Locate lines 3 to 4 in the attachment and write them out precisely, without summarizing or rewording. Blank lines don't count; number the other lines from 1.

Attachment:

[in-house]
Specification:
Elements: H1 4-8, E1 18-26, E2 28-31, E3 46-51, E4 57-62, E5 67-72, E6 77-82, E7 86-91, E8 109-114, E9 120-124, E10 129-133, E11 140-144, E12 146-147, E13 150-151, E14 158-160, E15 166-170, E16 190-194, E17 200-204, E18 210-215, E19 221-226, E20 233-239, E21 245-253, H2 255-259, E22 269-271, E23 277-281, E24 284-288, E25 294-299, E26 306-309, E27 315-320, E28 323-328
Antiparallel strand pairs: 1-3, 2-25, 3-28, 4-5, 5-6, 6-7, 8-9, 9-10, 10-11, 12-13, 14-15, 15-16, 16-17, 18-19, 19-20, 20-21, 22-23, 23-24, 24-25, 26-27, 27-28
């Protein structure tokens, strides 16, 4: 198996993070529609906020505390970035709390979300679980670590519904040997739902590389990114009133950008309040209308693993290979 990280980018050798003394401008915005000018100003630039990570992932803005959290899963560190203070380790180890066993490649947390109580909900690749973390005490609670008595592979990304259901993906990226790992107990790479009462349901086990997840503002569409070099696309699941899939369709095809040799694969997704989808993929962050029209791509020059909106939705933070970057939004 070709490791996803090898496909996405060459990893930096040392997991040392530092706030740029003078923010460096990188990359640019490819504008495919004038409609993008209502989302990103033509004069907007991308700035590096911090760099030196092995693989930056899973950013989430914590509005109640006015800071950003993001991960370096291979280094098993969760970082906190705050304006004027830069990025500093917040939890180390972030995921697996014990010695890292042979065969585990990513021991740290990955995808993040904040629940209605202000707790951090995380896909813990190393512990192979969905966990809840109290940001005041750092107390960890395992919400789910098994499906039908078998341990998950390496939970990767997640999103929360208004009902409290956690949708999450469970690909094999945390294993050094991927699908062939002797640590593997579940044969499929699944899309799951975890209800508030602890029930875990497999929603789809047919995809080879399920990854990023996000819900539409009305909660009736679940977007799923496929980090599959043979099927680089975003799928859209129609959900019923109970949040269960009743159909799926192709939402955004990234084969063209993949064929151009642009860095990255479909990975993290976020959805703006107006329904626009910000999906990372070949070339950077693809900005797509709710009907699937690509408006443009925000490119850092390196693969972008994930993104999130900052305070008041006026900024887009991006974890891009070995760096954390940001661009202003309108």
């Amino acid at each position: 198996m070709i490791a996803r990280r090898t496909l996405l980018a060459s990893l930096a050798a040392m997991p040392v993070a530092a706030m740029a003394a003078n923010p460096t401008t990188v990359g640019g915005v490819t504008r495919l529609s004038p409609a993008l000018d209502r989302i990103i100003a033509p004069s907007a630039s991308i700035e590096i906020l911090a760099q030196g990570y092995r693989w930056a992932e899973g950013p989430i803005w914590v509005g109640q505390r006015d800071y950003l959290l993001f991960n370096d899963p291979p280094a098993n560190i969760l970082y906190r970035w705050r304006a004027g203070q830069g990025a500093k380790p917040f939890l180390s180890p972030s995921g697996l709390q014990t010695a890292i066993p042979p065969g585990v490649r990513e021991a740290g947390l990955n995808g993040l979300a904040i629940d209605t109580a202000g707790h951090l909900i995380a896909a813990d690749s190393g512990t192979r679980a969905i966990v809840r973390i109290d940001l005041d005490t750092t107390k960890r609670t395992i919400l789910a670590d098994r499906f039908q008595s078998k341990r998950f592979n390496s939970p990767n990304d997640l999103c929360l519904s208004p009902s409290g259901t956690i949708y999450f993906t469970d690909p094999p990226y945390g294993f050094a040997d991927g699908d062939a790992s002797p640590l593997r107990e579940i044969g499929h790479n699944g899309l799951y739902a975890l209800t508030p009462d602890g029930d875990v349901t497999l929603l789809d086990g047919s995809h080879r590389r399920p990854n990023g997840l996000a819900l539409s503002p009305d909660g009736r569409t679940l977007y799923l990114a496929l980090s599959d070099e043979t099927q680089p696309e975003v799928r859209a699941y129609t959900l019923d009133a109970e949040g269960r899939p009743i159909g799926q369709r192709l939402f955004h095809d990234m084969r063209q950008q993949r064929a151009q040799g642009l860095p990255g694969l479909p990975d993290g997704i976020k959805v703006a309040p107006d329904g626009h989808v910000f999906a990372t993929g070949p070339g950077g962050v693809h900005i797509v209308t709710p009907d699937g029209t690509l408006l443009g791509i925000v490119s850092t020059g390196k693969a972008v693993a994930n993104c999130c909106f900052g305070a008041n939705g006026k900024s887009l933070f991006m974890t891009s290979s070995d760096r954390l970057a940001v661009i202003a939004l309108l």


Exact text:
Elements: H1 4-8, E1 18-26, E2 28-31, E3 46-51, E4 57-62, E5 67-72, E6 77-82, E7 86-91, E8 109-114, E9 120-124, E10 129-133, E11 140-144, E12 146-147, E13 150-151, E14 158-160, E15 166-170, E16 190-194, E17 200-204, E18 210-215, E19 221-226, E20 233-239, E21 245-253, H2 255-259, E22 269-271, E23 277-281, E24 284-288, E25 294-299, E26 306-309, E27 315-320, E28 323-328
Antiparallel strand pairs: 1-3, 2-25, 3-28, 4-5, 5-6, 6-7, 8-9, 9-10, 10-11, 12-13, 14-15, 15-16, 16-17, 18-19, 19-20, 20-21, 22-23, 23-24, 24-25, 26-27, 27-28